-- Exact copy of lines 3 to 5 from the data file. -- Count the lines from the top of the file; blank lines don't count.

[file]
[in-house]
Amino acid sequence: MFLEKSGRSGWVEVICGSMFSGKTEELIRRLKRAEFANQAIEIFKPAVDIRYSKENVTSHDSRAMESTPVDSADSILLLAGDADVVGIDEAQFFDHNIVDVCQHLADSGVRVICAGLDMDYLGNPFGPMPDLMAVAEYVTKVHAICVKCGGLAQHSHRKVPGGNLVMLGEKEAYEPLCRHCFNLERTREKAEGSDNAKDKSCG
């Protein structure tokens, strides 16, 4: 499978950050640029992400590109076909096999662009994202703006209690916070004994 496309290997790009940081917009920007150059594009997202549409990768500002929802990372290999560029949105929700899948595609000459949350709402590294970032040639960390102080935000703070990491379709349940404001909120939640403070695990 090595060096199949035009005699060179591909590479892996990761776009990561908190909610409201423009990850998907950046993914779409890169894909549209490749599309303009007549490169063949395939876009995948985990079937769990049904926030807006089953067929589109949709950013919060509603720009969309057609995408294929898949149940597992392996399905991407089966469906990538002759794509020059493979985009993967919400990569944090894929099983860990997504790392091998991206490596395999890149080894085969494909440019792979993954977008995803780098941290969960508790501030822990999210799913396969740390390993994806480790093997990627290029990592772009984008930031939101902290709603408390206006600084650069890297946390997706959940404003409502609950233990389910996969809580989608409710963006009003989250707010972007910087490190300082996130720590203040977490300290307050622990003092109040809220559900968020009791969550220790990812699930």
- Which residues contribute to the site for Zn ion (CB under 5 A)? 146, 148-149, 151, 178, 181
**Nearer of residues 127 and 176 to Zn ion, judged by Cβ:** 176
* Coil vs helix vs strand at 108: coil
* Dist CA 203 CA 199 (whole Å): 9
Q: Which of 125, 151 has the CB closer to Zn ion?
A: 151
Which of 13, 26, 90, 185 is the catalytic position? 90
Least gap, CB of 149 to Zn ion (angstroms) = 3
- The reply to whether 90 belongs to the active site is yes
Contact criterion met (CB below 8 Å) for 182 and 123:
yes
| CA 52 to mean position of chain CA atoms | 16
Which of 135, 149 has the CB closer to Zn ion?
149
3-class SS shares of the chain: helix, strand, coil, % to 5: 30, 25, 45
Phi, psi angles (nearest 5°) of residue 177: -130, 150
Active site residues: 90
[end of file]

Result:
């Protein structure tokens, strides 16, 4: 499978950050640029992400590109076909096999662009994202703006209690916070004994 496309290997790009940081917009920007150059594009997202549409990768500002929802990372290999560029949105929700899948595609000459949350709402590294970032040639960390102080935000703070990491379709349940404001909120939640403070695990 090595060096199949035009005699060179591909590479892996990761776009990561908190909610409201423009990850998907950046993914779409890169894909549209490749599309303009007549490169063949395939876009995948985990079937769990049904926030807006089953067929589109949709950013919060509603720009969309057609995408294929898949149940597992392996399905991407089966469906990538002759794509020059493979985009993967919400990569944090894929099983860990997504790392091998991206490596395999890149080894085969494909440019792979993954977008995803780098941290969960508790501030822990999210799913396969740390390993994806480790093997990627290029990592772009984008930031939101902290709603408390206006600084650069890297946390997706959940404003409502609950233990389910996969809580989608409710963006009003989250707010972007910087490190300082996130720590203040977490300290307050622990003092109040809220559900968020009791969550220790990812699930």
- Which residues contribute to the site for Zn ion (CB under 5 A)? 146, 148-149, 151, 178, 181
**Nearer of residues 127 and 176 to Zn ion, judged by Cβ:** 176